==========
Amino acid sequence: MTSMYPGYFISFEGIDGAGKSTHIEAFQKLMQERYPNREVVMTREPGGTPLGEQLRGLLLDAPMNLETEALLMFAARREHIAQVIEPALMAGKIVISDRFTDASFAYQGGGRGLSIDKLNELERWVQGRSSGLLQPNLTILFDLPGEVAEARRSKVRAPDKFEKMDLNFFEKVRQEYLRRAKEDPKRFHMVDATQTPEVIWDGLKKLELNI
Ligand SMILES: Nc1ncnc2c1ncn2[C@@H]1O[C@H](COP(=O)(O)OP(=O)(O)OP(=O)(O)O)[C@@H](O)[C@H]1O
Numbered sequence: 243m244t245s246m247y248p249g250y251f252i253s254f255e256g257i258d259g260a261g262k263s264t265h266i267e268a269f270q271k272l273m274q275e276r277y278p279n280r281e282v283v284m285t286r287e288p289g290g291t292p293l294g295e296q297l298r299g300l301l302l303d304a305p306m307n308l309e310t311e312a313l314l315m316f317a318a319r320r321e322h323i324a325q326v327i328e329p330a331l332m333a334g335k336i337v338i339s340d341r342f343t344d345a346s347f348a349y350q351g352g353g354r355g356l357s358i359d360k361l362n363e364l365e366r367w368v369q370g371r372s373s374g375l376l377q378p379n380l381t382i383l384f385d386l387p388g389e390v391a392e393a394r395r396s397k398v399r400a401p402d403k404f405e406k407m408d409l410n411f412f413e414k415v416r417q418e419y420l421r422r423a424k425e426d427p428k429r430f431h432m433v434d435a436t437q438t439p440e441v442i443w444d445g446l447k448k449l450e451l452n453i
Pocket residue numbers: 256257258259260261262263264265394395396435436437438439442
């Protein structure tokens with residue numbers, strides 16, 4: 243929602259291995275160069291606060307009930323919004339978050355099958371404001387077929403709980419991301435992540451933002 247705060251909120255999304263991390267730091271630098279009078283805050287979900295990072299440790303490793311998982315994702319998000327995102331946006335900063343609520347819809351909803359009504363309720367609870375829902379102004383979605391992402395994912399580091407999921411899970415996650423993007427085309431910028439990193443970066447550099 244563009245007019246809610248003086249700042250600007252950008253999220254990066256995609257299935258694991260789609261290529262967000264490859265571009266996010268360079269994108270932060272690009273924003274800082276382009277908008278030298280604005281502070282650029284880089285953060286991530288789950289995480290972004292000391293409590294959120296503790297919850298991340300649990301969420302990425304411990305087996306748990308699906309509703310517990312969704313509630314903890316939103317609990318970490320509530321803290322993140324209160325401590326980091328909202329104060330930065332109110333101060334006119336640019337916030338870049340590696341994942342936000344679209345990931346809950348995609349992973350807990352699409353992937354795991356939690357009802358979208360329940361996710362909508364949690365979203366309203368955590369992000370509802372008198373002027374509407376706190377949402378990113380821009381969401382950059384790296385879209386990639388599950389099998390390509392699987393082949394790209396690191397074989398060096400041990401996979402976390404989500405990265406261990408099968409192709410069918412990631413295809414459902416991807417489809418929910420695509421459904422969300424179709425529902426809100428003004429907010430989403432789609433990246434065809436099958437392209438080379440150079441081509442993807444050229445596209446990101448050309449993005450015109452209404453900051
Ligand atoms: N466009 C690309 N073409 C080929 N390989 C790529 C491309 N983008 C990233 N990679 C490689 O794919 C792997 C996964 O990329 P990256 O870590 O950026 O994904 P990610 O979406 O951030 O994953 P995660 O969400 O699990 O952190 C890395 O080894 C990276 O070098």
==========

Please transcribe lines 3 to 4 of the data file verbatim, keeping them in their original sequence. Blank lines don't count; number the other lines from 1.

Numbered sequence: 243m244t245s246m247y248p249g250y251f252i253s254f255e256g257i258d259g260a261g262k263s264t265h266i267e268a269f270q271k272l273m274q275e276r277y278p279n280r281e282v283v284m285t286r287e288p289g290g291t292p293l294g295e296q297l298r299g300l301l302l303d304a305p306m307n308l309e310t311e312a313l314l315m316f317a318a319r320r321e322h323i324a325q326v327i328e329p330a331l332m333a334g335k336i337v338i339s340d341r342f343t344d345a346s347f348a349y350q351g352g353g354r355g356l357s358i359d360k361l362n363e364l365e366r367w368v369q370g371r372s373s374g375l376l377q378p379n380l381t382i383l384f385d386l387p388g389e390v391a392e393a394r395r396s397k398v399r400a401p402d403k404f405e406k407m408d409l410n411f412f413e414k415v416r417q418e419y420l421r422r423a424k425e426d427p428k429r430f431h432m433v434d435a436t437q438t439p440e441v442i443w444d445g446l447k448k449l450e451l452n453i
Pocket residue numbers: 256257258259260261262263264265394395396435436437438439442